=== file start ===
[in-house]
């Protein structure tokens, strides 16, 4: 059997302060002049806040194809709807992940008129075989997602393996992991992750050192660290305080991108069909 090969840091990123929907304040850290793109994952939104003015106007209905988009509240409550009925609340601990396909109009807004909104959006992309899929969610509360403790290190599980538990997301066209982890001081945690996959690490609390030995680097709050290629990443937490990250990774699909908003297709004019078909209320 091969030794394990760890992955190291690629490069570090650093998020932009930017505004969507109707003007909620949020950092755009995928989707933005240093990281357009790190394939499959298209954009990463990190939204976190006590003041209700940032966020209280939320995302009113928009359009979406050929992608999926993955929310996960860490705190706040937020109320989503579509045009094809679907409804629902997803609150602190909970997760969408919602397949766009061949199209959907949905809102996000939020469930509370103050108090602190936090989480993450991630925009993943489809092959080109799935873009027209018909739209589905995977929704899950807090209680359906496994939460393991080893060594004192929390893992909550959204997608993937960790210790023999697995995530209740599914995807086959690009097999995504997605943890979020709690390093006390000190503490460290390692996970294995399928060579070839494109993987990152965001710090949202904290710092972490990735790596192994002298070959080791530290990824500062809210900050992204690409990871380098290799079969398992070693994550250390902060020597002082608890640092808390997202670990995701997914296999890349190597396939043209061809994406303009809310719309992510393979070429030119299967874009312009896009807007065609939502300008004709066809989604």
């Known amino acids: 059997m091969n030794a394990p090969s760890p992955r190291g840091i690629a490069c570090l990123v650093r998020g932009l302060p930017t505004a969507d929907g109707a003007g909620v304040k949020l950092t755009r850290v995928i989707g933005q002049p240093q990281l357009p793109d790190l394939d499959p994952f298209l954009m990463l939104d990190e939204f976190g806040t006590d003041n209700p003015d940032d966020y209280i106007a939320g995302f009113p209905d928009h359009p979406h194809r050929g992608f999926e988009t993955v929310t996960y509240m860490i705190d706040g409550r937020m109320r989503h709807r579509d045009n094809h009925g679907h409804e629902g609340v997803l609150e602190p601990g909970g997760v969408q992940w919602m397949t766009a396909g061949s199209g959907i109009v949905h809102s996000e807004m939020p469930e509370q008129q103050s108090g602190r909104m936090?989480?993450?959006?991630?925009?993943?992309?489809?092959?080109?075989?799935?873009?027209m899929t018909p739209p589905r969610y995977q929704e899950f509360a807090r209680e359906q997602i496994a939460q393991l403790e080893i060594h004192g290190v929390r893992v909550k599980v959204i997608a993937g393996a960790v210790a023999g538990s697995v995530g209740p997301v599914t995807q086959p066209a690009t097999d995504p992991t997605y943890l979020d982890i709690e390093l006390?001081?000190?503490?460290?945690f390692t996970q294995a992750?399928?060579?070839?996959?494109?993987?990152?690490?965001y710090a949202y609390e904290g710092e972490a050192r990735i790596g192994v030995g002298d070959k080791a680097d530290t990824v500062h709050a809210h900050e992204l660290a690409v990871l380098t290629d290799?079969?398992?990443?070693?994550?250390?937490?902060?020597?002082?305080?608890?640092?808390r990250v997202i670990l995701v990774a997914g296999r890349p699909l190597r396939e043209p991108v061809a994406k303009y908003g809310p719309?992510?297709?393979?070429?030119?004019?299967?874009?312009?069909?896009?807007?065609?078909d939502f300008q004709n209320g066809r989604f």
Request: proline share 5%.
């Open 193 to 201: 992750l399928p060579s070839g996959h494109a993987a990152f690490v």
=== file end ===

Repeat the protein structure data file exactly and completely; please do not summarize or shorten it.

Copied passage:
[in-house]
């Protein structure tokens, strides 16, 4: 059997302060002049806040194809709807992940008129075989997602393996992991992750050192660290305080991108069909 090969840091990123929907304040850290793109994952939104003015106007209905988009509240409550009925609340601990396909109009807004909104959006992309899929969610509360403790290190599980538990997301066209982890001081945690996959690490609390030995680097709050290629990443937490990250990774699909908003297709004019078909209320 091969030794394990760890992955190291690629490069570090650093998020932009930017505004969507109707003007909620949020950092755009995928989707933005240093990281357009790190394939499959298209954009990463990190939204976190006590003041209700940032966020209280939320995302009113928009359009979406050929992608999926993955929310996960860490705190706040937020109320989503579509045009094809679907409804629902997803609150602190909970997760969408919602397949766009061949199209959907949905809102996000939020469930509370103050108090602190936090989480993450991630925009993943489809092959080109799935873009027209018909739209589905995977929704899950807090209680359906496994939460393991080893060594004192929390893992909550959204997608993937960790210790023999697995995530209740599914995807086959690009097999995504997605943890979020709690390093006390000190503490460290390692996970294995399928060579070839494109993987990152965001710090949202904290710092972490990735790596192994002298070959080791530290990824500062809210900050992204690409990871380098290799079969398992070693994550250390902060020597002082608890640092808390997202670990995701997914296999890349190597396939043209061809994406303009809310719309992510393979070429030119299967874009312009896009807007065609939502300008004709066809989604």
């Known amino acids: 059997m091969n030794a394990p090969s760890p992955r190291g840091i690629a490069c570090l990123v650093r998020g932009l302060p930017t505004a969507d929907g109707a003007g909620v304040k949020l950092t755009r850290v995928i989707g933005q002049p240093q990281l357009p793109d790190l394939d499959p994952f298209l954009m990463l939104d990190e939204f976190g806040t006590d003041n209700p003015d940032d966020y209280i106007a939320g995302f009113p209905d928009h359009p979406h194809r050929g992608f999926e988009t993955v929310t996960y509240m860490i705190d706040g409550r937020m109320r989503h709807r579509d045009n094809h009925g679907h409804e629902g609340v997803l609150e602190p601990g909970g997760v969408q992940w919602m397949t766009a396909g061949s199209g959907i109009v949905h809102s996000e807004m939020p469930e509370q008129q103050s108090g602190r909104m936090?989480?993450?959006?991630?925009?993943?992309?489809?092959?080109?075989?799935?873009?027209m899929t018909p739209p589905r969610y995977q929704e899950f509360a807090r209680e359906q997602i496994a939460q393991l403790e080893i060594h004192g290190v929390r893992v909550k599980v959204i997608a993937g393996a960790v210790a023999g538990s697995v995530g209740p997301v599914t995807q086959p066209a690009t097999d995504p992991t997605y943890l979020d982890i709690e390093l006390?001081?000190?503490?460290?945690f390692t996970q294995a992750?399928?060579?070839?996959?494109?993987?990152?690490?965001y710090a949202y609390e904290g710092e972490a050192r990735i790596g192994v030995g002298d070959k080791a680097d530290t990824v500062h709050a809210h900050e992204l660290a690409v990871l380098t290629d290799?079969?398992?990443?070693?994550?250390?937490?902060?020597?002082?305080?608890?640092?808390r990250v997202i670990l995701v990774a997914g296999r890349p699909l190597r396939e043209p991108v061809a994406k303009y908003g809310p719309?992510?297709?393979?070429?030119?004019?299967?874009?312009?069909?896009?807007?065609?078909d939502f300008q004709n209320g066809r989604f």
Request: proline share 5%.
């Open 193 to 201: 992750l399928p060579s070839g996959h494109a993987a990152f690490v």